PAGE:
The speed of a green is the distance that a golf ball rolls after sliding through a device called a Stimpmeter. This instrument, is a bar with a slot and a length of 90 centimeters that is used to roll a ball on a green at a constant and reproducible initial speed. The procedure for its use is regulated by the USGA (United States Golf Association) and consists of several steps:
1º. Choose a green area with a reasonably flat surface.
2º. Hold the Stimpmeter on the side that has made the groove, put the ball in it and slowly rise until the ball comes off and rolls in the direction you have chosen. This procedure is repeated with the other two balls. The launch area is marked with a tee.
3º. A second "tee" is inserted in the average distance of the three balls. Therefore, the distance between the two "tees" would be the measure of the first series.
4º. Step 2 is repeated, using the second "tee" as the starting point and the first "tee" as the target. That is, you have to roll a series of three balls along the same line, but in the opposite direction.
5º. Repeat step 3, establishing the average distance of the second set of balls.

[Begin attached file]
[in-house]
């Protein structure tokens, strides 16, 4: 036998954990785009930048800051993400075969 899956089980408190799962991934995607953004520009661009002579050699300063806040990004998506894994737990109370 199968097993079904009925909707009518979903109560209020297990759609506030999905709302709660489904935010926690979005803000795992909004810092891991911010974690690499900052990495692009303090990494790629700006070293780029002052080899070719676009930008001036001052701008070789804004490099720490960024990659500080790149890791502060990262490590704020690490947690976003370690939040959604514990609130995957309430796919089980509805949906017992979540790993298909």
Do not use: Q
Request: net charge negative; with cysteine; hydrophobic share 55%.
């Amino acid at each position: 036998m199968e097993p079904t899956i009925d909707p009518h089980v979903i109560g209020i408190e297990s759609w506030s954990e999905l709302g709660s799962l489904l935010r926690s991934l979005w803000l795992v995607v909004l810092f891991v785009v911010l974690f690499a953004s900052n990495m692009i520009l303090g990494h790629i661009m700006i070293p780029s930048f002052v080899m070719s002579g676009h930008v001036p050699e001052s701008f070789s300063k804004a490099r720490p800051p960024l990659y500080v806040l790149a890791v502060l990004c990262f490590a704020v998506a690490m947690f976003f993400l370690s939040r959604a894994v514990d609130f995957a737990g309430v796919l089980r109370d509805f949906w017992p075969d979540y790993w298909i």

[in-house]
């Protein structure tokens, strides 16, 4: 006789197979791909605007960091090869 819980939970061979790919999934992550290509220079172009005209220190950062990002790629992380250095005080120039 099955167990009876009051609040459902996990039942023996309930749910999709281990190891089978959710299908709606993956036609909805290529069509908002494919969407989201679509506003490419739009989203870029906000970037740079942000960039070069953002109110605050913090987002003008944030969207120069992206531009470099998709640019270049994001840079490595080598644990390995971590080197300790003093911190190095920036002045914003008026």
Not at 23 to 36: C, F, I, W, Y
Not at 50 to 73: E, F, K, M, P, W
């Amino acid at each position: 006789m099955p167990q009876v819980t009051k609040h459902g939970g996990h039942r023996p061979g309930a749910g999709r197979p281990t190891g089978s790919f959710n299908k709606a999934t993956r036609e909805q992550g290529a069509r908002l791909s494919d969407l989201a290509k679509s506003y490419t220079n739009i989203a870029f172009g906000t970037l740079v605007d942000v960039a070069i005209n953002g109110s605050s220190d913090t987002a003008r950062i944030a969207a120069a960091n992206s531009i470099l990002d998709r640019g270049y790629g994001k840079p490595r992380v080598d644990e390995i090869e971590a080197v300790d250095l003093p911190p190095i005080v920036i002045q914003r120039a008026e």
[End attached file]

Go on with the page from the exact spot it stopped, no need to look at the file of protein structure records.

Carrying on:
6º. The distance of the first and second series is measured and the average is calculated. This final measure is what we record as the speed of the green.
The speed of a green is measured in Feet and, according to the USGA, the different speed categories of the Greenes for competitions is the following:
Greater than 9.5 feet (2.89 m): Fast Greens
Between 8.5 - 9.5 feet (2.59-2.89 m): Medium Greens
Less than 8.5 feet (2.59 m): Slow Greens
"The faster the speed of the greens, the slower the pace of the game."
In the study by Parker Anderson of the University of Minnesota, it is about how the speed of the greens affects the time it takes to play, the player's experience and the impact on the maintenance of the course.
Within the keys of a golf course in its operation, is the increase in hours of exit to be able to sell and this is achieved among many other aspects in which the game is much faster.
Do you know what it takes to have very fast greens?
-Minor health of the green.
-Upper maintenance costs.
-Increase game time.
Having a greens to 12 feet in the stimpmeter, frustrates the amateur golf player.
Obviously the player's experience worsens considerably, not because of the fast greens but because of the playing time.